Notre Dame Football: Why Starting QB Job Isn't Automatically Everett Golson's

Connor KillorenSenior Analyst IFebruary 20, 2014

Notre Dame quarterback Everett Golson calls out a play during the Blue Gold game in April 20,2013  in South Bend, Ind. (AP Photo/Joe Raymond)
Joe Raymond/Associated Press

Regardless of the circumstances, the throne isn't rightfully his to return to.

After missing the 2013 season due to academic exile, Notre Dame quarterback Everett Golson has returned to South Bend, Ind. eager to resume a career that began with a trip to the 2013 BCS National Championship Game.

Despite that brilliant start, the starting job won't and shouldn't automatically be Golson's to reclaim.

Those who agonized, begged and pleaded for his return during the Tommy Rees-led 2013 season will consider this stance blasphemous. But in doing so, they have seemingly ignored what head coach Brian Kelly has said regarding the matter since the calendar flipped to 2014, via LaMond Pope of the Chicago Sun-Times

I know we're always in this rush to move to Everett, but I just want to caution everybody that we have a very good quarterback in Malik Zaire, as well. And I'm not ready to hand everything over to Everett.

While some may view Kelly's comments as simply a public relations move or an attempt to appease Malik Zaire—the redshirt freshman who spent last season developing on the sidelines—they're anything but that.

Whether you want to believe it, a quarterback competition is slowly brewing at Notre Dame. 

However, this time around, it's a positive, as the Irish possess the services of three quarterbacks—Golson, Zaire and incoming freshman DeShone Kizer—who fit Kelly's spread offense perfectly. That circumstance has made an easy stroll directly back to the starting job an impossibility for Golson.

No longer will he be chosen simply due to his tremendous mobility and athleticism.

Joe Raymond/Associated Press

That alone will no longer be Golson's trump card as it was against Rees during the fall of 2012, when Kelly anointed the Myrtle Beach, S.C., native as the Irish's starter despite Rees' 16 career starts prior to that decision.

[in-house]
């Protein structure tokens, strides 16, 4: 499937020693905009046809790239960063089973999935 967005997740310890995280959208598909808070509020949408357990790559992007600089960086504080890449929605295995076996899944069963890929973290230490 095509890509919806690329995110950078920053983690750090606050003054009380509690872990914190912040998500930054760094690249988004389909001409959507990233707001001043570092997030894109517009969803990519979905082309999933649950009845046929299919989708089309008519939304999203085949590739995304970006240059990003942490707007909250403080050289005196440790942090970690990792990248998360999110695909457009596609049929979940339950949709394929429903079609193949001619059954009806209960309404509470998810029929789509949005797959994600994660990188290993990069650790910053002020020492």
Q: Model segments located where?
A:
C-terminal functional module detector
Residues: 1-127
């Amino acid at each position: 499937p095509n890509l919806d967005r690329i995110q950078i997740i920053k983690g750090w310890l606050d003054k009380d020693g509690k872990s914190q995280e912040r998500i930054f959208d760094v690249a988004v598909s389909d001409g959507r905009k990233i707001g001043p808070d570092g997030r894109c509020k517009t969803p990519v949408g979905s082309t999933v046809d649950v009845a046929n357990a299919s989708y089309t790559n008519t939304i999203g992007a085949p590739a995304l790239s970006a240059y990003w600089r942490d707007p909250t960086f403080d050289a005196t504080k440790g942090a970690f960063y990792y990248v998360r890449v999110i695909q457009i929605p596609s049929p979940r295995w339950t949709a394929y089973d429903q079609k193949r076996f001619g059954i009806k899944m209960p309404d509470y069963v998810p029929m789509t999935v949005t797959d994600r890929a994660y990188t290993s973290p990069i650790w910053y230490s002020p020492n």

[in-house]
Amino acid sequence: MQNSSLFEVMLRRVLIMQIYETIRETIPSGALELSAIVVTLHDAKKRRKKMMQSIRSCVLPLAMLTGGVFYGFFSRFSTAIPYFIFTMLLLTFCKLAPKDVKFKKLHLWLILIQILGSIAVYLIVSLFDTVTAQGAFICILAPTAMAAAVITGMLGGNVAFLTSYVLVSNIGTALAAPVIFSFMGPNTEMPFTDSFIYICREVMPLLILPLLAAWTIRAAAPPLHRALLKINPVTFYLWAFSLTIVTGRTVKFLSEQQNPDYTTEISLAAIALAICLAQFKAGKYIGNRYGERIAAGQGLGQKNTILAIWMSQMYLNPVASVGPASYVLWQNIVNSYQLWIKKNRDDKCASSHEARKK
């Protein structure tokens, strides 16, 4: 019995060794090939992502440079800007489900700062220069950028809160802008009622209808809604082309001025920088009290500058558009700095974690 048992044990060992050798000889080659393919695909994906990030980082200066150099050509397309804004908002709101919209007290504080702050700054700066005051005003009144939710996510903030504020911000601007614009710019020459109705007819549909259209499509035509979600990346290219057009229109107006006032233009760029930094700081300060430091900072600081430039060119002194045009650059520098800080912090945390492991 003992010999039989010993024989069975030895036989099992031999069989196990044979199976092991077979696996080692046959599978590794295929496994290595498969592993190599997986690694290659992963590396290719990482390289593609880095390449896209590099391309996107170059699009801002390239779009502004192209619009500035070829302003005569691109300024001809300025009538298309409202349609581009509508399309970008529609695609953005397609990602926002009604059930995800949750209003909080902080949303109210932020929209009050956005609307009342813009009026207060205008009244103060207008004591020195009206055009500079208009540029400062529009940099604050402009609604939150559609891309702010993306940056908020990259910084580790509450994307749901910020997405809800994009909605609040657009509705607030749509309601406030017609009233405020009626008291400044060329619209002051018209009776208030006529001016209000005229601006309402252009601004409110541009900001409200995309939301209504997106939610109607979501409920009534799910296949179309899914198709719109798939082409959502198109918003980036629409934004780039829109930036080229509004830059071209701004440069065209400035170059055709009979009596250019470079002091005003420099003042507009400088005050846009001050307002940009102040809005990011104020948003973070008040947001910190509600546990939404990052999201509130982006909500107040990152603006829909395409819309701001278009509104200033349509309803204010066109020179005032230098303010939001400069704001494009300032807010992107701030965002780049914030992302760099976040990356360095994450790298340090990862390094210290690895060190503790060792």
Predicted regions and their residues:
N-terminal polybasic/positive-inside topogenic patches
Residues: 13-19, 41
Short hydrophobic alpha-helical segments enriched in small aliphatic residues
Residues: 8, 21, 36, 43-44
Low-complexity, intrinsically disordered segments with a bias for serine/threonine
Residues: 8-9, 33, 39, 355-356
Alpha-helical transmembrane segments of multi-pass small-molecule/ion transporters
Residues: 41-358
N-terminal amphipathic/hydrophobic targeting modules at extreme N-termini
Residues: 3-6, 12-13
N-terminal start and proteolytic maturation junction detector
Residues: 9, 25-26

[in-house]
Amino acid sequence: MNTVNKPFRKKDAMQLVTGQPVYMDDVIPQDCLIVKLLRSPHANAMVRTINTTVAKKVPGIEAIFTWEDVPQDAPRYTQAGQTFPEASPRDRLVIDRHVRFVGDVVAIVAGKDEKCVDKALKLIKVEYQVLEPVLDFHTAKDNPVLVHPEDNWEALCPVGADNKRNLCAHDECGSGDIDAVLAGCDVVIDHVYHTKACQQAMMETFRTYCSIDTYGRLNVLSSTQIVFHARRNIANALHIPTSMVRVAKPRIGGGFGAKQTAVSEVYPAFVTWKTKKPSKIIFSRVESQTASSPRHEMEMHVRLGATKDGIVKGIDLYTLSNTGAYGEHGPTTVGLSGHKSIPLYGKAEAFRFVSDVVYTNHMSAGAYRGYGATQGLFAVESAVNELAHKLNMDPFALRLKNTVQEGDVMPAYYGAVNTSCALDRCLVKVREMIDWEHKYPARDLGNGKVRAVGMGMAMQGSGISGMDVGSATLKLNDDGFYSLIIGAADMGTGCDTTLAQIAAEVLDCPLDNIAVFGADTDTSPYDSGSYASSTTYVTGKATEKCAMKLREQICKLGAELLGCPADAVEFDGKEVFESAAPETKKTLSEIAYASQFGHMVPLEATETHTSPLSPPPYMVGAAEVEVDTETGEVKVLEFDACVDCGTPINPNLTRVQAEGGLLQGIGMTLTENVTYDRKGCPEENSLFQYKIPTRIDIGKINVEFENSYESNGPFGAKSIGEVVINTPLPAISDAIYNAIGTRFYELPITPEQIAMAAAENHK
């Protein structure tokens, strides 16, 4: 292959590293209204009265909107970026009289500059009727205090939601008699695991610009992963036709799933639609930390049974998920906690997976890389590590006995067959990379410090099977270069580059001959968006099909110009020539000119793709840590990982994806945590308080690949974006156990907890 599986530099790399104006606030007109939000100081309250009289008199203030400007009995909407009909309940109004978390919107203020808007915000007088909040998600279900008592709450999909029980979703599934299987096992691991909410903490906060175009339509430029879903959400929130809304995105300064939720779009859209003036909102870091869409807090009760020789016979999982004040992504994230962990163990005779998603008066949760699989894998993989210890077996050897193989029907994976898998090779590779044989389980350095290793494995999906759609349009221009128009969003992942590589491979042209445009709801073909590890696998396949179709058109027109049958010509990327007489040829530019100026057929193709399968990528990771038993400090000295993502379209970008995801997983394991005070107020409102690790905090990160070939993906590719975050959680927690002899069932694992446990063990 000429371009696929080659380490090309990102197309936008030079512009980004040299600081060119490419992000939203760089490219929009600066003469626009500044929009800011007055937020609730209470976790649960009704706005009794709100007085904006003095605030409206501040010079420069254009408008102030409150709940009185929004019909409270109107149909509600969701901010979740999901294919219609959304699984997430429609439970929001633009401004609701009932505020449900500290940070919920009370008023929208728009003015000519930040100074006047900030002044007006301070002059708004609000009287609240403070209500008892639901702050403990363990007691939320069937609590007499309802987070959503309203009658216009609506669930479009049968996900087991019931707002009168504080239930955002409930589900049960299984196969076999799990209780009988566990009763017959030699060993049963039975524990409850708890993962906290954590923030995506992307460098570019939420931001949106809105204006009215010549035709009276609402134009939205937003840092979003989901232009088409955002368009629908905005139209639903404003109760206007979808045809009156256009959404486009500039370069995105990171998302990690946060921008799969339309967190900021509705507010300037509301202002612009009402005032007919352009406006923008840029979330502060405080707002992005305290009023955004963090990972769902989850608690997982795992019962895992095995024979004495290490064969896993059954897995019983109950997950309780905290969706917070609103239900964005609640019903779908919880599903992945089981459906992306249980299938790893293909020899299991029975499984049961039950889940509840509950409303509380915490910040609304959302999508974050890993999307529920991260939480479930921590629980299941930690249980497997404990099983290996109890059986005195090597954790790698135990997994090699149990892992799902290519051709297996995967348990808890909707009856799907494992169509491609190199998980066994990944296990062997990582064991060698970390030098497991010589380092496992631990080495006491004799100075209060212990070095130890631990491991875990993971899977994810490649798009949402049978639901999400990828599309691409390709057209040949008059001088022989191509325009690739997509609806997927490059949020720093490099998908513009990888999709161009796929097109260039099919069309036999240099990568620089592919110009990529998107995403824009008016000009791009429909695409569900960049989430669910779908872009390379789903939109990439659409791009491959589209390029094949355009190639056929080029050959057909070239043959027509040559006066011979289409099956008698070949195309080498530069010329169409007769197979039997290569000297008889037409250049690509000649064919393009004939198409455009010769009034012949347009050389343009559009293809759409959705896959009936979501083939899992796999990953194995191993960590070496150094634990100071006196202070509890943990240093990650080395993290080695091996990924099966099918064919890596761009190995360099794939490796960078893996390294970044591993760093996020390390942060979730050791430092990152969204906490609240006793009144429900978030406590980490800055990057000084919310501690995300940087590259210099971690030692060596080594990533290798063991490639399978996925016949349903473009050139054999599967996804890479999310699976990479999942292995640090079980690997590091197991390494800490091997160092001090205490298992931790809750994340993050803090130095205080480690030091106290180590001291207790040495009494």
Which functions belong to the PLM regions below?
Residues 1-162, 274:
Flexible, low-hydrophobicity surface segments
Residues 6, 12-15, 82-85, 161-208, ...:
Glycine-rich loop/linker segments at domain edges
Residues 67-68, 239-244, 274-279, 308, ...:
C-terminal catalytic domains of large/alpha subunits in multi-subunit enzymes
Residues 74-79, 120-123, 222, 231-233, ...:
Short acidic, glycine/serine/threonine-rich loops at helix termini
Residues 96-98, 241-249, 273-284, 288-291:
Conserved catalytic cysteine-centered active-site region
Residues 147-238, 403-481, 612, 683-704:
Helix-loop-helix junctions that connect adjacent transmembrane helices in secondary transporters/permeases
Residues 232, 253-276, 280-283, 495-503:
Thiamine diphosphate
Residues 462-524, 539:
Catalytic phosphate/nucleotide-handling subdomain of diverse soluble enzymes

The end result is that Golson will need to prove that his understanding of the offense and its technicalities is on equal ground with that of his natural talent and playmaking ability.

That in itself is where Golson falls short and may prove to be inferior to that of Zaire's cerebral ability.

In fact, at this time last year, current offensive coordinator Mike Denbrock had plenty of high praise for Zaire's tremendous ability to quickly grasp concepts and basic understandings of the offense.

Thus, if Golson is to beat out Zaire for the starting job, he will need to display a tangible improvement in a few specific areas, particularly reading defenses at the line of scrimmage and adjusting the play accordingly, two areas in which Rees excelled.

Golson's near inability to do so resulted in a pedestrian completion percentage of 58.9 percent in 2012.

For the 6'0", 185-pound junior to take the next step as a quarterback, he must develop a comfort level and confidence at the line of scrimmage, all while learning to be patient in the pocket and read through his progressions—rather than lock on the primary route.

What may ultimately prove as a beneficiary investment of time may be his work with quarterback guru George Whitfield during the course of the fall semester. Having tutored the likes of former Texas A&M quarterback Johnny Manziel and current Carolina Panthers quarterback Cam Newton, the odds would seem to rest with Golson being an improved player in the listed areas in 2014.

Should that assumption prove true, the job may be, in fact, Golson's to lose.